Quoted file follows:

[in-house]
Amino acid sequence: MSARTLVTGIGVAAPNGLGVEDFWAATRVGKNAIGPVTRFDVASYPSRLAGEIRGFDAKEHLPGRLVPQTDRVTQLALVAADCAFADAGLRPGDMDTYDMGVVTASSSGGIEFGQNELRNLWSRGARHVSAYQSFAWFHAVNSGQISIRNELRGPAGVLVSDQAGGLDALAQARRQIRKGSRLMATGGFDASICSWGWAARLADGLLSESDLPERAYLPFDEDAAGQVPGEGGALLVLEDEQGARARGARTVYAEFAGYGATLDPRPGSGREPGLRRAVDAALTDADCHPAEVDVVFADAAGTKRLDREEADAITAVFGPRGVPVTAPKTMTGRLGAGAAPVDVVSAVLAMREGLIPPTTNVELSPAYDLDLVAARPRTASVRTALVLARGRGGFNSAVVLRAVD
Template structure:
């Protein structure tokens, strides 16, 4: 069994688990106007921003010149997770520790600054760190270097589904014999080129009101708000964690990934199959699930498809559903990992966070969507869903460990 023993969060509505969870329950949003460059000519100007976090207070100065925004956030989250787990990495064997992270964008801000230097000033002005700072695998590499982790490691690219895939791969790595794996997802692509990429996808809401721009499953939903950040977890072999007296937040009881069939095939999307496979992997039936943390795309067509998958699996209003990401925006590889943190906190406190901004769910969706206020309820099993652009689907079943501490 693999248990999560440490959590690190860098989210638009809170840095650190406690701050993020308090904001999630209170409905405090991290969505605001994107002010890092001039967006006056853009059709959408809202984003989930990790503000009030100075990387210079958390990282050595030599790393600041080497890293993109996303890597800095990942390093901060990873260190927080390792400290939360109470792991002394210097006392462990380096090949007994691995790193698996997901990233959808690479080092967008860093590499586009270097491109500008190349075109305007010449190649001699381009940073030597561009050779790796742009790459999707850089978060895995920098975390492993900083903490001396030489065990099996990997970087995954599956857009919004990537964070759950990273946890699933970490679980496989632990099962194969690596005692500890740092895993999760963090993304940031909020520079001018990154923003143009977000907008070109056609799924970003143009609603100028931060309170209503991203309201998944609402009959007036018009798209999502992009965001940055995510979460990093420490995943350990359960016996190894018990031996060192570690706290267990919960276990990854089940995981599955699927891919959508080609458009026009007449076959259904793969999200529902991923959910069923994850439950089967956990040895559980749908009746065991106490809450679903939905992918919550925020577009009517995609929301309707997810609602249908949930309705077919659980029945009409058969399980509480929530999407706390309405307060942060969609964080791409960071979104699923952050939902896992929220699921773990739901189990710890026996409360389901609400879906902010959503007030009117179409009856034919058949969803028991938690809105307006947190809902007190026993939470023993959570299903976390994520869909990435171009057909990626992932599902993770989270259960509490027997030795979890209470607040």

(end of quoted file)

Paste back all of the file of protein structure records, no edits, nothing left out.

[in-house]
Amino acid sequence: MSARTLVTGIGVAAPNGLGVEDFWAATRVGKNAIGPVTRFDVASYPSRLAGEIRGFDAKEHLPGRLVPQTDRVTQLALVAADCAFADAGLRPGDMDTYDMGVVTASSSGGIEFGQNELRNLWSRGARHVSAYQSFAWFHAVNSGQISIRNELRGPAGVLVSDQAGGLDALAQARRQIRKGSRLMATGGFDASICSWGWAARLADGLLSESDLPERAYLPFDEDAAGQVPGEGGALLVLEDEQGARARGARTVYAEFAGYGATLDPRPGSGREPGLRRAVDAALTDADCHPAEVDVVFADAAGTKRLDREEADAITAVFGPRGVPVTAPKTMTGRLGAGAAPVDVVSAVLAMREGLIPPTTNVELSPAYDLDLVAARPRTASVRTALVLARGRGGFNSAVVLRAVD
Template structure:
């Protein structure tokens, strides 16, 4: 069994688990106007921003010149997770520790600054760190270097589904014999080129009101708000964690990934199959699930498809559903990992966070969507869903460990 023993969060509505969870329950949003460059000519100007976090207070100065925004956030989250787990990495064997992270964008801000230097000033002005700072695998590499982790490691690219895939791969790595794996997802692509990429996808809401721009499953939903950040977890072999007296937040009881069939095939999307496979992997039936943390795309067509998958699996209003990401925006590889943190906190406190901004769910969706206020309820099993652009689907079943501490 693999248990999560440490959590690190860098989210638009809170840095650190406690701050993020308090904001999630209170409905405090991290969505605001994107002010890092001039967006006056853009059709959408809202984003989930990790503000009030100075990387210079958390990282050595030599790393600041080497890293993109996303890597800095990942390093901060990873260190927080390792400290939360109470792991002394210097006392462990380096090949007994691995790193698996997901990233959808690479080092967008860093590499586009270097491109500008190349075109305007010449190649001699381009940073030597561009050779790796742009790459999707850089978060895995920098975390492993900083903490001396030489065990099996990997970087995954599956857009919004990537964070759950990273946890699933970490679980496989632990099962194969690596005692500890740092895993999760963090993304940031909020520079001018990154923003143009977000907008070109056609799924970003143009609603100028931060309170209503991203309201998944609402009959007036018009798209999502992009965001940055995510979460990093420490995943350990359960016996190894018990031996060192570690706290267990919960276990990854089940995981599955699927891919959508080609458009026009007449076959259904793969999200529902991923959910069923994850439950089967956990040895559980749908009746065991106490809450679903939905992918919550925020577009009517995609929301309707997810609602249908949930309705077919659980029945009409058969399980509480929530999407706390309405307060942060969609964080791409960071979104699923952050939902896992929220699921773990739901189990710890026996409360389901609400879906902010959503007030009117179409009856034919058949969803028991938690809105307006947190809902007190026993939470023993959570299903976390994520869909990435171009057909990626992932599902993770989270259960509490027997030795979890209470607040």